When summer heat bears down on Austin, water is the go-to for relief, and going underwater — as in scuba diving — is even better. If you can’t escape to the Caribbean or South Pacific, no worries, Austin offers some killer options. Read on for five local dive spots, plus a special event.
Windy Point, Lake Travis
Local dive shops Scubaland Adventures and Tom’s Dive & Swim organize outings to this and other Lake Travis sites. Windy Point Park has an onsite air fill station, carts to transport equipment from the parking lot, and stairs that lead directly into the water.
Beneath the surface, divers can explore boat wrecks; an old car; unique metal sculptures including a scuba diver, sea turtle, and shark; and more. For advanced divers, there’s a canyon wall plunging to deeper than 100 feet.
Enjoy Bubble Hour dives here every other Wednesday through the summer with Tom’s Dive & Swim. Bring your own gear.
Quarry at Reveille Peak Ranch
This dive site, located in a former graphite mine on a private adventure ranch, is one of the clearest bodies of water in Texas with an average visibility of 20 to 30 feet. The granite walls and bottom contain graphite that sparkles when illuminated with dive lights.
During summer, the water temperature is about 80 degrees at the top, but below the thermocline, at about 15 feet, it drops as low as 50. Wetsuits of 5 or 7 millimeters are therefore recommended.
Stairs and shallow platforms make it easy to enter the water, and four shelters are available for gearing up and post-dive debriefings. All diving is organized and escorted by dive professionals. Contact the ranch to join or schedule a group.
Spring Lake, San Marcos
Through the Meadows Center for Water and the Environment, those with science diving certification can explore Spring Lake’s crystal-clear waters.
With a temperature set at a constant 72 degrees year-round, the property is home to more than 200 artesian springs, eight threatened and endangered species, biological and archeological research sites, one of the densest population of turtles in the United States, and more.
Not science diver certified? The Meadows Center and some local dive shops provide training. Another way to get your fins into this lake is through courses that hold open water checkout dives here, including Scubaland Adventures and Tom’s Dive and Swim.
Canyon Lake Divers offers shore and boat-based diving. The lake, a reservoir on the Guadalupe River, features 80 miles of shoreline and an average depth of 43 feet.
Enjoy a variety of dive sites, including Comal Park and North Park, via pontoon dive boat and shore diving weekly on Sundays and Mondays.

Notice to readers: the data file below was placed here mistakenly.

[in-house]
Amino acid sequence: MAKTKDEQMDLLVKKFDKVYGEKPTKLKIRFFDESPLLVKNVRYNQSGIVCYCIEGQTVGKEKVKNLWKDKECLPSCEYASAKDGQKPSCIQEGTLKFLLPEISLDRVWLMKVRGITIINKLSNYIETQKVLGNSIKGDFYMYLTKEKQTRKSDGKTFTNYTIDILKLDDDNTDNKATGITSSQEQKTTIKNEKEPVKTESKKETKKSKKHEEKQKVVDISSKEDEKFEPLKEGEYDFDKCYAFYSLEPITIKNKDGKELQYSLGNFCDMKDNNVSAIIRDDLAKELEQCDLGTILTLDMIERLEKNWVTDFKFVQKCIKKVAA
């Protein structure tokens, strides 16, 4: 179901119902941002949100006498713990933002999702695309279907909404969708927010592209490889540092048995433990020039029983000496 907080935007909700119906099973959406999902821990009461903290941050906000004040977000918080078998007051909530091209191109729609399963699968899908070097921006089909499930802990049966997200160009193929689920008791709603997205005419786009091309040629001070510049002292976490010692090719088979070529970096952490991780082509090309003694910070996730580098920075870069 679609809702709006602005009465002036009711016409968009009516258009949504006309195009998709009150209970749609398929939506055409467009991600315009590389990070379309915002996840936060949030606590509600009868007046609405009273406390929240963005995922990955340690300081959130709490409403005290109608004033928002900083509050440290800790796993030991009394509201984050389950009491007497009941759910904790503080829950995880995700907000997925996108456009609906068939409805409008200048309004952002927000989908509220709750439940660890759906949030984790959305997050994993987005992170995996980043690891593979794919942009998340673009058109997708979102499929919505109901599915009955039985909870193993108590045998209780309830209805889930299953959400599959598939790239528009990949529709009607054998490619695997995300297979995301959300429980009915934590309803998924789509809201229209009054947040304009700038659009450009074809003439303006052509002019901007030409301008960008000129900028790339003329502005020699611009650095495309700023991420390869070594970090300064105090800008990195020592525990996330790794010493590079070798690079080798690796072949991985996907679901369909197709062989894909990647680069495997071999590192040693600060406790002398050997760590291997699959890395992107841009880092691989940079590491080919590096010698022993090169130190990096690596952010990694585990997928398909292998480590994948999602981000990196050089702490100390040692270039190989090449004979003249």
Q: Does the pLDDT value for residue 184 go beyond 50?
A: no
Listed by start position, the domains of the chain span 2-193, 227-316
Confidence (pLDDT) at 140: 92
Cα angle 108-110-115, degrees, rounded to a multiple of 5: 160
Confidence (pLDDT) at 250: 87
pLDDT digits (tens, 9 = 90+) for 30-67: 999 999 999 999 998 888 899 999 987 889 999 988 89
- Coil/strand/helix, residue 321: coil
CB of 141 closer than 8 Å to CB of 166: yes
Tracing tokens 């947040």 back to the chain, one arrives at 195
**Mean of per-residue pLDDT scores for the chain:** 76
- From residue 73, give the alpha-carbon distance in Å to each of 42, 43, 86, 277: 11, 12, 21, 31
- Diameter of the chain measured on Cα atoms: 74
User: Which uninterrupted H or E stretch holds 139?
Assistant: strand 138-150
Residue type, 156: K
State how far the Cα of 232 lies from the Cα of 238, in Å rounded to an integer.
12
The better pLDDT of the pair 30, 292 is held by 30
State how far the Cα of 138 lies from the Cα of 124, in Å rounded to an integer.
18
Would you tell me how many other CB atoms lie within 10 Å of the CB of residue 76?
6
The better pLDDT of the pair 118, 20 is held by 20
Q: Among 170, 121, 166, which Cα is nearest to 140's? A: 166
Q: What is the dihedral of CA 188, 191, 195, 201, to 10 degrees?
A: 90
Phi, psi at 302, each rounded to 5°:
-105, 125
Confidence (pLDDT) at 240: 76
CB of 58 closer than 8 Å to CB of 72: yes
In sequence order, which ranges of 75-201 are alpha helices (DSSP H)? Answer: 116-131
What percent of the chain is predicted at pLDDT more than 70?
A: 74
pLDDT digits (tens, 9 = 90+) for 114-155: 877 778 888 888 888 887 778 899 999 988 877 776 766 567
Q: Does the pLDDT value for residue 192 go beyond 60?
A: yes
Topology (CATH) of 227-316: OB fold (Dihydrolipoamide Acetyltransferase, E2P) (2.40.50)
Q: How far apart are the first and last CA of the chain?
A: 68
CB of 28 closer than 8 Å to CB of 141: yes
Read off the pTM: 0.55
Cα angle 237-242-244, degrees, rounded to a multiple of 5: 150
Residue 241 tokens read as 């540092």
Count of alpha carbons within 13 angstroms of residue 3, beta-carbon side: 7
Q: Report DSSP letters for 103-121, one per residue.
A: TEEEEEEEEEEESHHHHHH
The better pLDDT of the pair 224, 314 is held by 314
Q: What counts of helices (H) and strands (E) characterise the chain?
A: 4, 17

Underwater at Comal Park you’ll find walls, overhangs, and, deeper down, trees. North Park features ledges; boulders; fish shelters; and many sunken objects including cars, boats, and a motorcycle.
The lake hits a maximum depth of more than 120 feet, with average visibility of 5 to 10 feet, improving to about 40 feet below the thermocline at about 40 feet. Surface temperature reaches the high 80s in summer with temps below the thermocline 5 to 10 degrees lower.
Enjoy a cool drift dive on the Comal River, the shortest river in the country at 2.5 miles, with a maximum depth of 15 feet and visibility averaging of 5 to 15 feet and better.
Tubing is hugely popular here, and tubers drop all manner of now-sunken treasure like sunglasses, jewelry, cell phones, and cameras. Plus, chutes and rapids installed for tubes can be shot with an inflated BC.
Tip: Look for tiny Fountain Darters, an endangered fish found only in the Comal and nearby San Marcos River, as well as perch, bass, and carp, freshwater clams, and snails.
Local dive shops such as Tom’s Dive and Swim schedule occasional trips here outside of peak tubing season. Or just round up a few friends, rent gear, and leave a car at your take-out spot.
Women’s Dive Day Event
Woman's Dive Day, a worldwide event organized by the Professional Association of Dive Instructors (PADI) on July 15, aims at encouraging more women to take up diving. Dive World and its Girl Scout Scuba Troop created an underwater heritage trail from biographies of influential woman in diving printed on waterproof paper in acrylic frames and placed at various locations at Windy Point Scuba Park in Lake Travis. From 11 am to 8 pm, follow the trail to learn about the history of women's contributions while diving.
Why learn to dive?
Scuba diving provides a full-body workout combining cardio and strength training and can burn up to 800 calories in 60 minutes. According to Kristin Valette, chief marketing and business development officer for PADI Worldwide, diving is a social sport and fosters a sense of accomplishment, builds confidence, and is empowering for everyone at every skill level.
Diving, like yoga, focuses on the importance of breathing, which is calming for the mind and body. This controlled, rhythmic breathing can help mitigate intense emotions, improve sleep, and increase stress resilience.
Diving has proved successful therapy for military veterans with post-traumatic stress injury. Divers gain a greater understanding of and appreciation for rivers, lakes, and oceans and often become advocates for oceans and marine wildlife.